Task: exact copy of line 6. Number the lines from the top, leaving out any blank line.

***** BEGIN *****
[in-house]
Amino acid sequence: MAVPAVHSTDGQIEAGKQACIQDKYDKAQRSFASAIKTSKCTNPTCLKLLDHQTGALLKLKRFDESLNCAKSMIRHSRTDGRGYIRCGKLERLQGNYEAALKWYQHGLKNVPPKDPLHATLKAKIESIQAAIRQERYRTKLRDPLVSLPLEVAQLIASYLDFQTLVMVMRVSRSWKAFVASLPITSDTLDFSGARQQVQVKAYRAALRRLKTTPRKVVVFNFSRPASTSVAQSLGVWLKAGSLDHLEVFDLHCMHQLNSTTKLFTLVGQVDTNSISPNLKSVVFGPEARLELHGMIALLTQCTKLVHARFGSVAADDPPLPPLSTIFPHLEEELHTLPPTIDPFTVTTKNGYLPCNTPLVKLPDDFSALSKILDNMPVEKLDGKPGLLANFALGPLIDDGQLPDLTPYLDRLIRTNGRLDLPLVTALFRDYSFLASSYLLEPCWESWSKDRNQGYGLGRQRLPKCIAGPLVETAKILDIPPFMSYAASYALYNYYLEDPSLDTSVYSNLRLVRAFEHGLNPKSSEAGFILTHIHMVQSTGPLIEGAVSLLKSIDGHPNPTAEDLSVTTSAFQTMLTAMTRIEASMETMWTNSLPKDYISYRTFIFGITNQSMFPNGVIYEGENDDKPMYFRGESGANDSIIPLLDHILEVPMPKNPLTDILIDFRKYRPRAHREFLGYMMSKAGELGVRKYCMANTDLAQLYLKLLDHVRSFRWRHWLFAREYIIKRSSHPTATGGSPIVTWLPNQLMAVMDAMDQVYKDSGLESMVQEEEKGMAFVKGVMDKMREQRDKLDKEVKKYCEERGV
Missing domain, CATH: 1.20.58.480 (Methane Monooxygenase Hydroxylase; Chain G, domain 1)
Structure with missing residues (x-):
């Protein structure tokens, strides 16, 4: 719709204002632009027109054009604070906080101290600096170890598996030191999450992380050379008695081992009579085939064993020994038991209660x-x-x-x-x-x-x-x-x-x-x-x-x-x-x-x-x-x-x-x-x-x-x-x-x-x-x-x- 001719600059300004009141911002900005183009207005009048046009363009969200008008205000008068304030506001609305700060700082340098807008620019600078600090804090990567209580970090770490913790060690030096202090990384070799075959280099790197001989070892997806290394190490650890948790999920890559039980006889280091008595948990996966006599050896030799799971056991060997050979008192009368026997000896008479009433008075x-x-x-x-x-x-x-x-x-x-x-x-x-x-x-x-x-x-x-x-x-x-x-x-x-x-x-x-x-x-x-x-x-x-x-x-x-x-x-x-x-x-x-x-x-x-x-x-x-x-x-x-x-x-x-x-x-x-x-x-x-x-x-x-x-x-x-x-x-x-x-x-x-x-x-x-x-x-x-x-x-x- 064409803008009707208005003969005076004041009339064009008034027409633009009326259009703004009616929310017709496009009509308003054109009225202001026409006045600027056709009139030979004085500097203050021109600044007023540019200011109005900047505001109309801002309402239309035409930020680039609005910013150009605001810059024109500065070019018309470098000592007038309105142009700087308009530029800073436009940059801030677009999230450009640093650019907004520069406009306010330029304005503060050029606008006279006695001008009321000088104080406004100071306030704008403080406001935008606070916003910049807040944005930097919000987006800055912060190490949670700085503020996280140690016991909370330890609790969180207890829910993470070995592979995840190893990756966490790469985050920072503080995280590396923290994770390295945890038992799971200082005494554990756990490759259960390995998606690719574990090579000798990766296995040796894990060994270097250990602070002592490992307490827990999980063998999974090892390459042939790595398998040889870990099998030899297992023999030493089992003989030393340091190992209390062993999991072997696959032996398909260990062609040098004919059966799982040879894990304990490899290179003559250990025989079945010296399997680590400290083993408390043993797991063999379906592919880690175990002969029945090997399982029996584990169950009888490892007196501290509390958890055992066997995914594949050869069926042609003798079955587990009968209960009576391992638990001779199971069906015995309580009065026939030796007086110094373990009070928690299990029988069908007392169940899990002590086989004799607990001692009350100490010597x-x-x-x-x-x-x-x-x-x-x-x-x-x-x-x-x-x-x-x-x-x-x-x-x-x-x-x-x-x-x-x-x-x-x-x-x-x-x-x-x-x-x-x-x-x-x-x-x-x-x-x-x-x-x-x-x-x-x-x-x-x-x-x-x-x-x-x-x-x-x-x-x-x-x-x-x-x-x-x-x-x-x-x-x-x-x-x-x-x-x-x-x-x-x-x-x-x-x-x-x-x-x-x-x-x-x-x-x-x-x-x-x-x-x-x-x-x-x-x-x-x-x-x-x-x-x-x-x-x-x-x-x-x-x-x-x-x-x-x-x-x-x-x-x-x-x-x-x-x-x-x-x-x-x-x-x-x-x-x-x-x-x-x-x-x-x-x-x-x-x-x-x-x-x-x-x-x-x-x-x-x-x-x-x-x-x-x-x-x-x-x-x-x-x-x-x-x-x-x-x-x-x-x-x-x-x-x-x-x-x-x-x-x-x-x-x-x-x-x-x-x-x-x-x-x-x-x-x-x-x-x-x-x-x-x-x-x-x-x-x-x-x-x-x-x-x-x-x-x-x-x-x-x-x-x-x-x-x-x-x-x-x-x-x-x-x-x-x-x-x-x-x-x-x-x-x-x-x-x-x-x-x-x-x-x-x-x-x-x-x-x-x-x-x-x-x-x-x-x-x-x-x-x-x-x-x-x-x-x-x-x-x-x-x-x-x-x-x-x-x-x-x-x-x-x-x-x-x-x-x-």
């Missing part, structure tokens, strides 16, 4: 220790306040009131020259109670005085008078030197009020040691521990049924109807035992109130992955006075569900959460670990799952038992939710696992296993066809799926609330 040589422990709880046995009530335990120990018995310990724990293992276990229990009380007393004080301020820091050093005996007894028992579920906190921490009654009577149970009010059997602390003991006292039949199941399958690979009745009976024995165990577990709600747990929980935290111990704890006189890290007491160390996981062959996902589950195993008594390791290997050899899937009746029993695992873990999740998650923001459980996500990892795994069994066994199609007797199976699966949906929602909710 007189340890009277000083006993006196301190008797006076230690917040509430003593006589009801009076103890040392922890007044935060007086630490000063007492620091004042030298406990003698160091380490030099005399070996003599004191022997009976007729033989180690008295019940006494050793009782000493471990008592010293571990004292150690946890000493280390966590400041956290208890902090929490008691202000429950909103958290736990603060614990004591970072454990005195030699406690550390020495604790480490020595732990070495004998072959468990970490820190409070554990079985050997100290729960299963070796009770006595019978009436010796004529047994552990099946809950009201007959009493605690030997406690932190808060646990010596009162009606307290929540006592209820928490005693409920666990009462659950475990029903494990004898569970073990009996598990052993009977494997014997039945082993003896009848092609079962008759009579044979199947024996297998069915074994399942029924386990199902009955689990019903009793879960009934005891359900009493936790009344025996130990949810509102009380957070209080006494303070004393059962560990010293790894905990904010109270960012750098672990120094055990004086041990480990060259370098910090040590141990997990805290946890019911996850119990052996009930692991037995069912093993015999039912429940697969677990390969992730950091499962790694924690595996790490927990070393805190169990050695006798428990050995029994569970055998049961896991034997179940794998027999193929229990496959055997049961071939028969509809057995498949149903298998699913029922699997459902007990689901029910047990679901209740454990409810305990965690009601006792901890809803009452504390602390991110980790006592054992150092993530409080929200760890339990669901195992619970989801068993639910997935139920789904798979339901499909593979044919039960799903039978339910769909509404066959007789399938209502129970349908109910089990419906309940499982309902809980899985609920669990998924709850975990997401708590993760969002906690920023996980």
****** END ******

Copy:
């Missing part, structure tokens, strides 16, 4: 220790306040009131020259109670005085008078030197009020040691521990049924109807035992109130992955006075569900959460670990799952038992939710696992296993066809799926609330 040589422990709880046995009530335990120990018995310990724990293992276990229990009380007393004080301020820091050093005996007894028992579920906190921490009654009577149970009010059997602390003991006292039949199941399958690979009745009976024995165990577990709600747990929980935290111990704890006189890290007491160390996981062959996902589950195993008594390791290997050899899937009746029993695992873990999740998650923001459980996500990892795994069994066994199609007797199976699966949906929602909710 007189340890009277000083006993006196301190008797006076230690917040509430003593006589009801009076103890040392922890007044935060007086630490000063007492620091004042030298406990003698160091380490030099005399070996003599004191022997009976007729033989180690008295019940006494050793009782000493471990008592010293571990004292150690946890000493280390966590400041956290208890902090929490008691202000429950909103958290736990603060614990004591970072454990005195030699406690550390020495604790480490020595732990070495004998072959468990970490820190409070554990079985050997100290729960299963070796009770006595019978009436010796004529047994552990099946809950009201007959009493605690030997406690932190808060646990010596009162009606307290929540006592209820928490005693409920666990009462659950475990029903494990004898569970073990009996598990052993009977494997014997039945082993003896009848092609079962008759009579044979199947024996297998069915074994399942029924386990199902009955689990019903009793879960009934005891359900009493936790009344025996130990949810509102009380957070209080006494303070004393059962560990010293790894905990904010109270960012750098672990120094055990004086041990480990060259370098910090040590141990997990805290946890019911996850119990052996009930692991037995069912093993015999039912429940697969677990390969992730950091499962790694924690595996790490927990070393805190169990050695006798428990050995029994569970055998049961896991034997179940794998027999193929229990496959055997049961071939028969509809057995498949149903298998699913029922699997459902007990689901029910047990679901209740454990409810305990965690009601006792901890809803009452504390602390991110980790006592054992150092993530409080929200760890339990669901195992619970989801068993639910997935139920789904798979339901499909593979044919039960799903039978339910769909509404066959007789399938209502129970349908109910089990419906309940499982309902809980899985609920669990998924709850975990997401708590993760969002906690920023996980």